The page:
In order to form a legally binding, valid contract under English law, four elements are required: offer, acceptance, consideration, and an intention to create legal relations. However, English law recognises several ‘vitiating factors’. In this context, ‘to vitiate’ is a verb meaning ‘to make ineffective or invalid'. In other words, if there is a vitiating factor, the contract may not be legally enforceable.

In relation to English contracts, one such vitiating factor is ‘duress’. Put simply, duress is pressure which one person applies to another in order to make them do (or not do) something. An obvious example would be where Party A produces a gun, points it at Party B, and tells Party B to sign the contract or Party A will pull the trigger. Of course, this kind of coercion is an extreme example of duress.

It is not unusual for one party to use commercial pressure over another party in order to persuade them to enter into a contract. For example, one party is often in a stronger bargaining position than the other and may use that to persuade the other party to enter into a contract. However, there can be times when one party may, for example, threaten to breach or terminate a contract unless the other party agrees to do something, such as amend contract terms.

In order to succeed in a claim for ‘economic duress’, several elements must be present:

· ‘illegitimate’ pressure (this is pressure for which there is no commercial justification, and usually includes a threat of some kind);

· the pressure must cause (or ‘induce’) the other party to enter into the contract (proving causation is vital here);

· the real effect of the pressure is that the ‘innocent party’ (the party placed under the pressure) must have no real or practical option but to agree.

One interesting area of this topic is whether or not the threat to do a lawful act can ever be economic duress. For example, imagine that Party A and Party B are in a valid contract. Party A owes Party B money under this contract. Party A then, lawfully, terminates the contract, but says it will enter into a new contract with Party B if Party B agrees not to bring legal proceedings for the money that is owed under the old contract? Could this amount to economic duress?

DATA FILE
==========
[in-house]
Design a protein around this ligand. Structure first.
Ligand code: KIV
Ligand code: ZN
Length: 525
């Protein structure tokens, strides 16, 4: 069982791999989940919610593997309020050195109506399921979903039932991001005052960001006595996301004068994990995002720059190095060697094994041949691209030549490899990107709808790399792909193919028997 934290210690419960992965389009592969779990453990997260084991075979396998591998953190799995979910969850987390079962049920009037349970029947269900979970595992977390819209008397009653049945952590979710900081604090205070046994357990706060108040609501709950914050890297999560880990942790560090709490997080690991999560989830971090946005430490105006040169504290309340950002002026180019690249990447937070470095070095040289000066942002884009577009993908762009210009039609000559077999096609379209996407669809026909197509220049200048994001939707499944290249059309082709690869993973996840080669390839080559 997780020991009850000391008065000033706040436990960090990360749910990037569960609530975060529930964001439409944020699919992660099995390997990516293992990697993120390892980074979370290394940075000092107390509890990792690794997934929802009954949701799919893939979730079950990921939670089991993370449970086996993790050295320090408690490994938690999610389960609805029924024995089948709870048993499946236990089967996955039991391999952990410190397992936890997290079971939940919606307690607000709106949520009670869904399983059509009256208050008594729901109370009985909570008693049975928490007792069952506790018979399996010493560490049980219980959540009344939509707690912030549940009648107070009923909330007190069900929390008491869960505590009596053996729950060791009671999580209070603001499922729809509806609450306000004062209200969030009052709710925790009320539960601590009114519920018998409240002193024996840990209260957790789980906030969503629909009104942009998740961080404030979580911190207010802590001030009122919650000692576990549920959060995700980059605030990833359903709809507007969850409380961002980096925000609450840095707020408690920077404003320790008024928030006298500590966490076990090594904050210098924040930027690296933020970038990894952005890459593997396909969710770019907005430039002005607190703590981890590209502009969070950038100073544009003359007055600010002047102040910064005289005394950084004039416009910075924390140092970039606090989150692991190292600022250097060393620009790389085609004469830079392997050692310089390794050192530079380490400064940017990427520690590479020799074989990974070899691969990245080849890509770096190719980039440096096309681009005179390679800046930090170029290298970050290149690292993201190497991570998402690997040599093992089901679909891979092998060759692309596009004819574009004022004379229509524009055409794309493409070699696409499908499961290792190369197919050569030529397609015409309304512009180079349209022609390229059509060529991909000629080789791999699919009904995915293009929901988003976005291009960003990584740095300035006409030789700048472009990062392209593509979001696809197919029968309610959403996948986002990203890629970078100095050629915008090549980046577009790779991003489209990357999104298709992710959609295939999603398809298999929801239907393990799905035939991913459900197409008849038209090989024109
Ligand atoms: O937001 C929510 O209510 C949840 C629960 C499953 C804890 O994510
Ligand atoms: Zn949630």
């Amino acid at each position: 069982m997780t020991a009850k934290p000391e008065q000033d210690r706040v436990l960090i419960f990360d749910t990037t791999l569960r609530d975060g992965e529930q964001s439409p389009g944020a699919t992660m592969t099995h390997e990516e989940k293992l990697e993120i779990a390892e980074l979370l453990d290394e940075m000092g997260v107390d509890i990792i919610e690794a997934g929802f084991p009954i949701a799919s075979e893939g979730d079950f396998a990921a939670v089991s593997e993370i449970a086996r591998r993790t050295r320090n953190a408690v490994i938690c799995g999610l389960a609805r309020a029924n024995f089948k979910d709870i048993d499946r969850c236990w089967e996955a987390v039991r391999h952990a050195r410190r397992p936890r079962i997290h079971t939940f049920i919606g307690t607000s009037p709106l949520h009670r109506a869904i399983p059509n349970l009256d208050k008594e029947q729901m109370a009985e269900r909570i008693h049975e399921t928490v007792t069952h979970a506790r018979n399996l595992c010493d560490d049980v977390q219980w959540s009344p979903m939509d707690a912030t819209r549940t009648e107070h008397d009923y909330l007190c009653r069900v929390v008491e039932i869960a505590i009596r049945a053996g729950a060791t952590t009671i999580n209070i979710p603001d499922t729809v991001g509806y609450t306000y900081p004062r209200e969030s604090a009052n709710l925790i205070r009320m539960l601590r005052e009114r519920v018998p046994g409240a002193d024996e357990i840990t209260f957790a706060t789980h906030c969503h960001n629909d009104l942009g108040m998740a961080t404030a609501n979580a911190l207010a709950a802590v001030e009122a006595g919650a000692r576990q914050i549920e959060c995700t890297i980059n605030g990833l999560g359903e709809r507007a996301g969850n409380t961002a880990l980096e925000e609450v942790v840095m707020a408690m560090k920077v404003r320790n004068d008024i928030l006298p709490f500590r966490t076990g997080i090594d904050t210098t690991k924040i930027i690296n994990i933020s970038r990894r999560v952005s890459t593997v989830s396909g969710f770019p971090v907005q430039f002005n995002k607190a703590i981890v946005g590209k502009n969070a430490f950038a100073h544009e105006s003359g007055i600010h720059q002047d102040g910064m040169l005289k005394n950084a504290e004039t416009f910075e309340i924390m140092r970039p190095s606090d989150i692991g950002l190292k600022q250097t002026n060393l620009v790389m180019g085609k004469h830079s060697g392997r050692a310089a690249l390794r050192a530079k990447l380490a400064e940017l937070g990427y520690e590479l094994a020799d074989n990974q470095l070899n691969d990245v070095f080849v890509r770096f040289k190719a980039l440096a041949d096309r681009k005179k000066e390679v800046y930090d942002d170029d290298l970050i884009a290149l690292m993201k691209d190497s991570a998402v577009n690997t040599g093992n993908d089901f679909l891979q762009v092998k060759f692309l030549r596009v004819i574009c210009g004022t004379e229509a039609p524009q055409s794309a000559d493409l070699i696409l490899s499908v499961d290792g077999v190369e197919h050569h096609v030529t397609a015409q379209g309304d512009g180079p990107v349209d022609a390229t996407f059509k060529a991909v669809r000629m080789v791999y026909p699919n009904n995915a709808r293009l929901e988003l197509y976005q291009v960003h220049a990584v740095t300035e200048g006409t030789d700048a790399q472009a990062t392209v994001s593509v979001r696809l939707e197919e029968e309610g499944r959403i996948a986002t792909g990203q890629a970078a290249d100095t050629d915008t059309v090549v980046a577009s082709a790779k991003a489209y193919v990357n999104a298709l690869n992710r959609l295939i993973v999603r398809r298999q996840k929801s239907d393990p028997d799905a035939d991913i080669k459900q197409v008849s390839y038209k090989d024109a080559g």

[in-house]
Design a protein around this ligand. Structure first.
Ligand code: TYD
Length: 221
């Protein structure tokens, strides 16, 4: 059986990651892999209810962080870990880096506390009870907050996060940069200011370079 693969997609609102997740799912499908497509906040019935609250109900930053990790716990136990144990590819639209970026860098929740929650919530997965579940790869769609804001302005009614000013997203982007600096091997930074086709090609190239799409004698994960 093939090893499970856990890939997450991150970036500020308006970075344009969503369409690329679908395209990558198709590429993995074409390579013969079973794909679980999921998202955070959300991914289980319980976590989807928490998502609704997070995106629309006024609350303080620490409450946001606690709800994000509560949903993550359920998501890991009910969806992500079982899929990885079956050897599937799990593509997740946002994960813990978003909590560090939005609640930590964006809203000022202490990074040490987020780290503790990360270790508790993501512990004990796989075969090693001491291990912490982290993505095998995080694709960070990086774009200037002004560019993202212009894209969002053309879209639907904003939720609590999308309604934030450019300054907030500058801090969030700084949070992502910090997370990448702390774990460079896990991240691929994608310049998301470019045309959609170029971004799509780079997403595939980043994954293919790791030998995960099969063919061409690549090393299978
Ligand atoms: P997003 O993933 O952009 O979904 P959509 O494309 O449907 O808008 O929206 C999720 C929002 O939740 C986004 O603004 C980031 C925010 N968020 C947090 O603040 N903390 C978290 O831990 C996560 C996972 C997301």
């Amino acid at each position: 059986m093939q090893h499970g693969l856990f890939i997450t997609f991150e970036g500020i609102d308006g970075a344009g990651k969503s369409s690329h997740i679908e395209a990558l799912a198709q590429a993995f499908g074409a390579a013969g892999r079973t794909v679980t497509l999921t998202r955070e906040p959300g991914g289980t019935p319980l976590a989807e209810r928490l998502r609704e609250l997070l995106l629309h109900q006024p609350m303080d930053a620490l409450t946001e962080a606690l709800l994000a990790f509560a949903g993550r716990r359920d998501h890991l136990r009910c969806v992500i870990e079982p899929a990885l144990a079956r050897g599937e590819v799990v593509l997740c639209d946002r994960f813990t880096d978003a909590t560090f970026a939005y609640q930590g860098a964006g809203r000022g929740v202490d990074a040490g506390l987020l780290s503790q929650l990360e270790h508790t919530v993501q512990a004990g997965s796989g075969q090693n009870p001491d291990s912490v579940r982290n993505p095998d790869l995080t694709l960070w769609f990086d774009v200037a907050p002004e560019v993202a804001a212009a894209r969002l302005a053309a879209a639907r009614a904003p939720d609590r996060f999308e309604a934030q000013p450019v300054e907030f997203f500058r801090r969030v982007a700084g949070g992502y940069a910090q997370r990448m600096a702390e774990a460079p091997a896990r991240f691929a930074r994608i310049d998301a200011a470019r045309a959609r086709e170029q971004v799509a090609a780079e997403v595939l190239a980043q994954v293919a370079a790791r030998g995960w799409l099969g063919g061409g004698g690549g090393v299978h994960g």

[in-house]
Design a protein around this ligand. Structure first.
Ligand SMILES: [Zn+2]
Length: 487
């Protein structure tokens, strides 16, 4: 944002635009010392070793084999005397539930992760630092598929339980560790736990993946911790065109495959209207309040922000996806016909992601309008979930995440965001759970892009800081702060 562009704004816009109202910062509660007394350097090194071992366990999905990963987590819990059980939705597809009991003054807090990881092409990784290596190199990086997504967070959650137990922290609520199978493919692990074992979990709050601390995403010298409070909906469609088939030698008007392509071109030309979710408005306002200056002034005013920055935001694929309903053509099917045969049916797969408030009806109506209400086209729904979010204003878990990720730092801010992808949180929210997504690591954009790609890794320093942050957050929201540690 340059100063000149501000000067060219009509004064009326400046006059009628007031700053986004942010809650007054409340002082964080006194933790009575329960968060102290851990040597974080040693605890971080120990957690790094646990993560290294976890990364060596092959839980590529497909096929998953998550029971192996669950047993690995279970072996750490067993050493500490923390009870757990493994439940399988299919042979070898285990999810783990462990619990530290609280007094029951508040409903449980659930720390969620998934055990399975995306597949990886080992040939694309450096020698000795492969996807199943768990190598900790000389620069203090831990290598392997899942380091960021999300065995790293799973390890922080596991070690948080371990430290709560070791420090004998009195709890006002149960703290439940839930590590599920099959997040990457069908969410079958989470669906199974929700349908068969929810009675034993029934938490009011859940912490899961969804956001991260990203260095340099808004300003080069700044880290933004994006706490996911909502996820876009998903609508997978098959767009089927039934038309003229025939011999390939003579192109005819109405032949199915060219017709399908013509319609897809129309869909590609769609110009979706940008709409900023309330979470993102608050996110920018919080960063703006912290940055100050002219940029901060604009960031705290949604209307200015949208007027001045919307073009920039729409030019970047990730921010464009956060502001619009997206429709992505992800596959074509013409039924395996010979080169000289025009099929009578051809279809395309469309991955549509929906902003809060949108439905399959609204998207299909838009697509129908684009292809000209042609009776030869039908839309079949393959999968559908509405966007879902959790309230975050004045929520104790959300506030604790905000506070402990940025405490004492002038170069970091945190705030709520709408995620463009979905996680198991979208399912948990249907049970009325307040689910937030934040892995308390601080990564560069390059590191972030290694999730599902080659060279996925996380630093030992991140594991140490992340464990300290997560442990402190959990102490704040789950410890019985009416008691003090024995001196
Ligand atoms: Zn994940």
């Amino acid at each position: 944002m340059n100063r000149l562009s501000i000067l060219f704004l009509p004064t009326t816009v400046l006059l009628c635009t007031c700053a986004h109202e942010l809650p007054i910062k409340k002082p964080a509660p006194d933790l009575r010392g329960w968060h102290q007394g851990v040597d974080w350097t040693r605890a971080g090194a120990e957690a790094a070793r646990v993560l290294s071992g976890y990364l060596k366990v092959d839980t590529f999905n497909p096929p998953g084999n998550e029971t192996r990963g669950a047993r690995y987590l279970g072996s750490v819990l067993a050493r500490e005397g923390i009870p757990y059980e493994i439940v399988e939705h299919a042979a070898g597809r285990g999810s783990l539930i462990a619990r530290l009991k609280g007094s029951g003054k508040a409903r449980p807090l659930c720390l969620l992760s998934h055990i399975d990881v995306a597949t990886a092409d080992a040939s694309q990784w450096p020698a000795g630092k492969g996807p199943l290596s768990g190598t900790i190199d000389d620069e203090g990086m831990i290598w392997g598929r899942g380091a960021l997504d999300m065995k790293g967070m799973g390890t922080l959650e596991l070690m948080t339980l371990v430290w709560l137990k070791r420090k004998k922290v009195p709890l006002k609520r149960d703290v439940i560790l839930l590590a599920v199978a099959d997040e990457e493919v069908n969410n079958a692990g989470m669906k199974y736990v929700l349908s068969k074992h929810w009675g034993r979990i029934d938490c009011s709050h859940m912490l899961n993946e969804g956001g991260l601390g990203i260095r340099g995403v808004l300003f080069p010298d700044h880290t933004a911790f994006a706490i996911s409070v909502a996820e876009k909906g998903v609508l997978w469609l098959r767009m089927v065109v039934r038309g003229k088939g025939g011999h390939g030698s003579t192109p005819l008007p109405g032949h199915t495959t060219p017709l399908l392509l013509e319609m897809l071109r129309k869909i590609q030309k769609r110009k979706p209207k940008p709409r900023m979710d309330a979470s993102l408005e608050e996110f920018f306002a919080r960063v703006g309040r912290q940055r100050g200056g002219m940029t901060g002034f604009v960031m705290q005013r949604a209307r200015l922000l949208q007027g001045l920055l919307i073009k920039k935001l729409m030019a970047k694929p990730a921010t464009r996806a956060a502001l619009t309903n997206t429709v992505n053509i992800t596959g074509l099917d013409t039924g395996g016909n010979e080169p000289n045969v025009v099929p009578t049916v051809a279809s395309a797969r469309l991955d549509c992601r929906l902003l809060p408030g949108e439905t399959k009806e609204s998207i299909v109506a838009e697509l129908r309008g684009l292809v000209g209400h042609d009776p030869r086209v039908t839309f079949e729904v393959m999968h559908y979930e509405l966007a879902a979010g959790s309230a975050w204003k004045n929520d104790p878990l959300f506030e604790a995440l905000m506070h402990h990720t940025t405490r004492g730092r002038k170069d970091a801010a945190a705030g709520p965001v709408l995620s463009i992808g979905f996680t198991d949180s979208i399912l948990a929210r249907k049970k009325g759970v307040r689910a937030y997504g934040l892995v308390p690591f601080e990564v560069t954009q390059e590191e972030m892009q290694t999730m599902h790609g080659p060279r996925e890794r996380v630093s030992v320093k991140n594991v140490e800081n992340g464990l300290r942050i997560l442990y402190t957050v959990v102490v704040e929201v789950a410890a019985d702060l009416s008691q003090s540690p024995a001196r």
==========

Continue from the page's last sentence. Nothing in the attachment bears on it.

Interestingly, the Supreme Court of the United Kingdom is due to hand down a judgment on this very issue in the coming weeks. In early November 2020, the Supreme Court heard submissions in a case called Times Travel (UK) Limited v Pakistan International Airlines Corporation. The basic questions which the Supreme Court must address are whether ‘lawful act duress’ exists at all and, if so, in what circumstances it may be invoked (relied on).

The facts of the case are very similar to the example in the last paragraph. The English Court of Appeal (the appeal court below the Supreme Court) held that where a party uses lawful acts to apply economic pressure to a counterparty, the court will not set aside the contract on grounds of economic duress unless bad faith is established. We will have to wait and see what the Supreme Court decides, but either way it will be a groundbreaking decision in the English law of contract in this area.


Find a word or phrase in the text which means:

1. The act of persuading someone to do something by using force or threats.

2. The strength of the ability to get what you want in a negotiation situation

3. To bring a contract to an end

4. To change or modify a legal document (such as a contract)

5. Significant because it is new

Answer Key

1. coercion

2. bargaining position

3. terminate

4. amend

5. groundbreaking

© Cambridge Legal English Academy 2020

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